Twenty years ago, astronomers looking out into the corners of our galaxy first spied exoplanets, celestial bodies orbiting stars other than our own. That discovery suggested a tantalizing possibility: somewhere out there, other Earth-like planets could be spinning around other Sun-like stars. And if there were another place in the universe that resembled our home, wouldn't it make sense that it could also host ecosystems thrumming with action? In the search for life beyond our solar system, the most logical place to look is an environment that resembles the one we already know.
Until last summer, these assumptions were mostly hypothetical. But in August, researchers made the thrilling announcement that a rocky planet one-third larger than our Earth rotates around the small star Proxima Centauri at a safe enough distance for water to exist on its surface in liquid form. Just four and a half light-years away, Proxima B (as it's being called) is one of our closest neighbors in this vast galaxy. Last month, astronomers revealed that a large telescope in the Atacama Desert of Chile had spotted an entire solar system of planets that might be able to host life. Now we can focus our alien-hunting energy on these beguiling exoplanets.
Although scientists are still perfecting the technology that will tell us what exactly is happening on the surface of these planets, it's pretty damn exciting that we live in a time where we might be getting close to answering a question that we've been asking ourselves for millennia: Are we alone in the universe? So I called up Sara Seager, a MacArthur "genius" grant–winning professor of planetary science and physics at MIT who has dedicated her career to finding habitable exoplanets. We talked about what the discoveries mean for the future of exploration, what it's like to think about the heavens while managing the realities of life on Earth, and why she's going to keep looking to the stars.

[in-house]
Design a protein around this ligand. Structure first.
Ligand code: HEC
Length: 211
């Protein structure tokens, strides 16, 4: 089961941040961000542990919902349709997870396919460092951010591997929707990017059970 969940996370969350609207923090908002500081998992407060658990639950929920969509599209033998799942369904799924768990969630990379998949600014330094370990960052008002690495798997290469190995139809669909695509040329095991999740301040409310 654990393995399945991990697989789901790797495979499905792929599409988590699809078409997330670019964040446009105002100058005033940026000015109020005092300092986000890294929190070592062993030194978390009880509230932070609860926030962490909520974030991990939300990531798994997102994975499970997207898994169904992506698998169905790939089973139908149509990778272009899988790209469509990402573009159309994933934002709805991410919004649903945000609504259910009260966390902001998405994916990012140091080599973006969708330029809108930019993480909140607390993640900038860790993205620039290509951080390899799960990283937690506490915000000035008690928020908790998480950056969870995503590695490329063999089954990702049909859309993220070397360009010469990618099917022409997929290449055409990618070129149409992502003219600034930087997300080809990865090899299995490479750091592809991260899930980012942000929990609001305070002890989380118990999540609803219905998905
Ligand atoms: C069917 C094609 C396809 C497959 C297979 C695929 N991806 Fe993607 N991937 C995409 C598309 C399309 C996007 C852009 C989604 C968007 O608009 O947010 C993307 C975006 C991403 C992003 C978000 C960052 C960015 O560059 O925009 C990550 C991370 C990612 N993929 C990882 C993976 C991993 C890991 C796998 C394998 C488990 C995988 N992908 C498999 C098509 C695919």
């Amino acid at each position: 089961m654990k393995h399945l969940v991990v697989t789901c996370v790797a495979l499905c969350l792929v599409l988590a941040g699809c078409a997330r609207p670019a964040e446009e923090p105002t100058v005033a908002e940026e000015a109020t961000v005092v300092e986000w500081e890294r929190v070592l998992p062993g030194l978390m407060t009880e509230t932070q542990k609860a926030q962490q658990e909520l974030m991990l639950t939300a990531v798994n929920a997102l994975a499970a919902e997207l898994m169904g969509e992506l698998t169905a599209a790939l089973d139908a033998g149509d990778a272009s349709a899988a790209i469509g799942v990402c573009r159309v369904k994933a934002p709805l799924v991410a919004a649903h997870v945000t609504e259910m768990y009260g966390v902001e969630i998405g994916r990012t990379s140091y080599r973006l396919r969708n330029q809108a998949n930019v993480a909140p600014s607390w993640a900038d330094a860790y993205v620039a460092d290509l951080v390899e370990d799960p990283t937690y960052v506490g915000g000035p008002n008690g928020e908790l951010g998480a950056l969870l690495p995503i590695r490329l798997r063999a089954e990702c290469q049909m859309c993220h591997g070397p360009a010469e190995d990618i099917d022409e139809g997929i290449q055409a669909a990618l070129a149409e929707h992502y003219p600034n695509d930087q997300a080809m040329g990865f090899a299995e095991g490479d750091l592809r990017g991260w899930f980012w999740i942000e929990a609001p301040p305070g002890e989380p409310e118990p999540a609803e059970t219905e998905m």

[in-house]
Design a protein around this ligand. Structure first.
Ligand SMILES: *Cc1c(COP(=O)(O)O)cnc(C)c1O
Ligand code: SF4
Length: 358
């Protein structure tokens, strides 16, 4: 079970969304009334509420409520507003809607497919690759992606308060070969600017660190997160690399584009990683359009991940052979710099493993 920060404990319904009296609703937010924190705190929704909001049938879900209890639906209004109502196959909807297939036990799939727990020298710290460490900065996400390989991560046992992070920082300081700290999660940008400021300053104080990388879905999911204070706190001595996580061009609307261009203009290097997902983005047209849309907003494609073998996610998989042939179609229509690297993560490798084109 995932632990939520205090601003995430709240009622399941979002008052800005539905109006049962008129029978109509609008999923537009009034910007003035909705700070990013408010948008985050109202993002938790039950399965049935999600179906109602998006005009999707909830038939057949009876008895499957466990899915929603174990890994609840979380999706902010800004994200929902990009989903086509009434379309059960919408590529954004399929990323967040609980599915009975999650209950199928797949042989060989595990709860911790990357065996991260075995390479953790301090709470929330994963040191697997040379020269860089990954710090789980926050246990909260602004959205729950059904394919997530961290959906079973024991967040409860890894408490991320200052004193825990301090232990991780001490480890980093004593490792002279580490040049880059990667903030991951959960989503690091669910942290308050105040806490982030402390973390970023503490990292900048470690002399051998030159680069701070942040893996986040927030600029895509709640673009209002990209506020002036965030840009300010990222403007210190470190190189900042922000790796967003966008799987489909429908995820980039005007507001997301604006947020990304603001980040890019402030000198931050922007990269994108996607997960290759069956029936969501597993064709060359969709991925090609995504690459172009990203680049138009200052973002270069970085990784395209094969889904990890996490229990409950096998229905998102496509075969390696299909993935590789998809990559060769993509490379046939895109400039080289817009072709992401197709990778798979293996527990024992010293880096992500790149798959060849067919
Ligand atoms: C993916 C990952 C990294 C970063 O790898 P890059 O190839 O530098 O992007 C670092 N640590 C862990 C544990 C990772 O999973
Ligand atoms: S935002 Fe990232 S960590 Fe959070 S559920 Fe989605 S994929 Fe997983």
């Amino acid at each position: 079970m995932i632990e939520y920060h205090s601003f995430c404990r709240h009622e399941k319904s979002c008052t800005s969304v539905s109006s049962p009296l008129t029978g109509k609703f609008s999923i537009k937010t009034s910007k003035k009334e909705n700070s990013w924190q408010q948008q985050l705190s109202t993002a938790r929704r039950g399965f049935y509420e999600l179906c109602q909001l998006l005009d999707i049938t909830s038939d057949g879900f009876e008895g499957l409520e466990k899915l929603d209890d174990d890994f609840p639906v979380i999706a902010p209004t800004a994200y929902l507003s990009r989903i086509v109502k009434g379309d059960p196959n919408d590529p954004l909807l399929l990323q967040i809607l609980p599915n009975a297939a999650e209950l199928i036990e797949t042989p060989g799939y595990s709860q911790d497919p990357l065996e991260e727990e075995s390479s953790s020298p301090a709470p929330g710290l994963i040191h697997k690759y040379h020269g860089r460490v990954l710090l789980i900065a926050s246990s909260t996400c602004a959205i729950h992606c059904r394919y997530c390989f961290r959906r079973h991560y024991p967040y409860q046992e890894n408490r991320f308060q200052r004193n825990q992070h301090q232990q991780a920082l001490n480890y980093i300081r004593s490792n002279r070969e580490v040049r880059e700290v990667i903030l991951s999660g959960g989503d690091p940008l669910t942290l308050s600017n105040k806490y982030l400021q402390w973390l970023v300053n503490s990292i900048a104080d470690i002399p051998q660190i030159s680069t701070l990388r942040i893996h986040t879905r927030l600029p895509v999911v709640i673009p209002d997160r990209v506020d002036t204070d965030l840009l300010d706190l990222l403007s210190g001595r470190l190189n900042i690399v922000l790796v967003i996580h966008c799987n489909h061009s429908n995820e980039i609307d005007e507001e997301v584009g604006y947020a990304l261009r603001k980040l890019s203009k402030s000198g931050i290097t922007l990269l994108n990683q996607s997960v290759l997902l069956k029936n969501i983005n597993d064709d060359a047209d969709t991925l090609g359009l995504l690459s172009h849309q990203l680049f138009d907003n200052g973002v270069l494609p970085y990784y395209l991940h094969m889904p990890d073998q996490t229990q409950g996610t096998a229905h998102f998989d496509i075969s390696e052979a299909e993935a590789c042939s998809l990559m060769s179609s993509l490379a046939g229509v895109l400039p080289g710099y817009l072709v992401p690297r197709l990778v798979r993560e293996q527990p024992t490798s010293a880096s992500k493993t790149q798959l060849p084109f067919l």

Rose Lichter-Marck: Why do you think it's important to look for exoplanets that could host life beyond Earth?
Sara Seager: As humans, we want to know what's out there. We want to know how we got here. How did our solar system come to be? How did our Earth form and evolve? How did life originate and evolve here? Most [of] what drives me to search for another Earth is a basic curiosity about who we are in the cosmos.
Some people believe that we're destroying our planet and that sometime in the future we'll have to find another planet to live on. Mars isn't too hospitable, so we better start looking around the very nearest stars.
RL-M: You've said that we're on this threshold of a new era, which you call "an awakening." Why do you see it that way? That sounds like a very hopeful thing to say.
SS: When you tell people that we have irrefutable evidence that there are planets around other stars, it changes the way they see the world. It forces people to go back and rethink their assumptions and the way they live. It's science fiction becoming science fact. And that changes everything.
RL-M: Have you ever seen the film called Another Earth? The fact that there's another planet out there that seems to be a mirror image of our own helps the characters believe in the possibility of a better life.
SS: I think the idea that we're not alone in an infinite universe helps give faith meaning.
RL-M: You've written that you feel pretty certain that we're going to discover life beyond Earth within the next twenty years.
SS: Actually, let me rephrase that: I believe that we will have the capabilities to find signs of life beyond Earth in the next twenty years.
There's no guarantee life is out there. And we can't guarantee that if there is, we won't miss it. And we also can't guarantee we're going to know it if we find it. But we will definitely have the capabilities to find signs of life.